Book Review – Learning Alfresco Web Scripts

Learning Alfresco Web Scripts

This is a review of the book – Learning Alfresco Web Scripts, written by Ramesh Chauhan and published by PACKT. I did not receive any compensation for writing this review. I did receive an electronic copy for reviewing.

Alfresco web scripts are used to integrate clients with Alfresco via RESTful web services. They are an alternative to CMIS and SOAP and provide tighter integration and extra features.

I found the book easy to follow and an easy read in general. It is suggested for new alfresco developers and offers depth for experienced developers. Some chapters could be used as a reference as well.

The book is structured as follows. It starts with an overview of Alfresco web scripts. Then it gets hands-on right away with a simple web script. It gradually adds detail to the implementation before diving into the details of the architecture and implementation. Then it moves to more practical concerns such as deployment, troubleshooting, and configuration management using Maven. It ends with guidance on extending the framework.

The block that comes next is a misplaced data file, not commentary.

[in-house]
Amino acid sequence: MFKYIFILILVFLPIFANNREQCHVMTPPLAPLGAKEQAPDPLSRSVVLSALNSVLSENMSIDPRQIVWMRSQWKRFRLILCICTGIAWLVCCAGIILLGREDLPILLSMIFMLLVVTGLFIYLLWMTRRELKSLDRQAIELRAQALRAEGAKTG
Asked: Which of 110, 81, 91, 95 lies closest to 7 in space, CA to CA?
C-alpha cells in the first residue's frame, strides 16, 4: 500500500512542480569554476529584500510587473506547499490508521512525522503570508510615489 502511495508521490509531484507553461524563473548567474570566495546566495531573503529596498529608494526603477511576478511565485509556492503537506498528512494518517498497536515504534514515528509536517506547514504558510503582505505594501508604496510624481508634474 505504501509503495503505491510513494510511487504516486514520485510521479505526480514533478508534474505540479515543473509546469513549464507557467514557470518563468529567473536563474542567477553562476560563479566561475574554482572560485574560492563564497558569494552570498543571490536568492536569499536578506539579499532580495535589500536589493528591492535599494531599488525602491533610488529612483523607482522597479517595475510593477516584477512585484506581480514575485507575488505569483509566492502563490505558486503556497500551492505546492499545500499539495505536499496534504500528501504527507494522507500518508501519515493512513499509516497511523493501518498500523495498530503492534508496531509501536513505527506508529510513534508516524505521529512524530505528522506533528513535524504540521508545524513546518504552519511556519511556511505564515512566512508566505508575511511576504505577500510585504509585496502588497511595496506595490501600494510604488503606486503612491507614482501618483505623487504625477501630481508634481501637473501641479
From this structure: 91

In technical books, I always look for tips and information that comes from experience. Reference material alone doesn’t cut it as much of it may be available online, and the printed material becomes outdated quickly. This book does have tips on when and where to use specific choices, best practice recommendations for various options, and troubleshooting tips for various errors. It also has provides some general tips such as dealing with client limitations.

The approach to the technical material is in a form somewhat similar to a tutorial. It shows code samples, discusses the related concepts, and provides steps for trying it out.

I did notice some naive statements though the intent of the author is obvious in such situations. I could only smile at the statements to the effect that “every question has an answer” and “production servers cannot be restarted”.

On a more serious note, it would have been nice to use a single scenario throughout the book to tie all the examples together into one solution at the end. This was a feedback that I got on my first book, and it made a huge improvement in its second edition.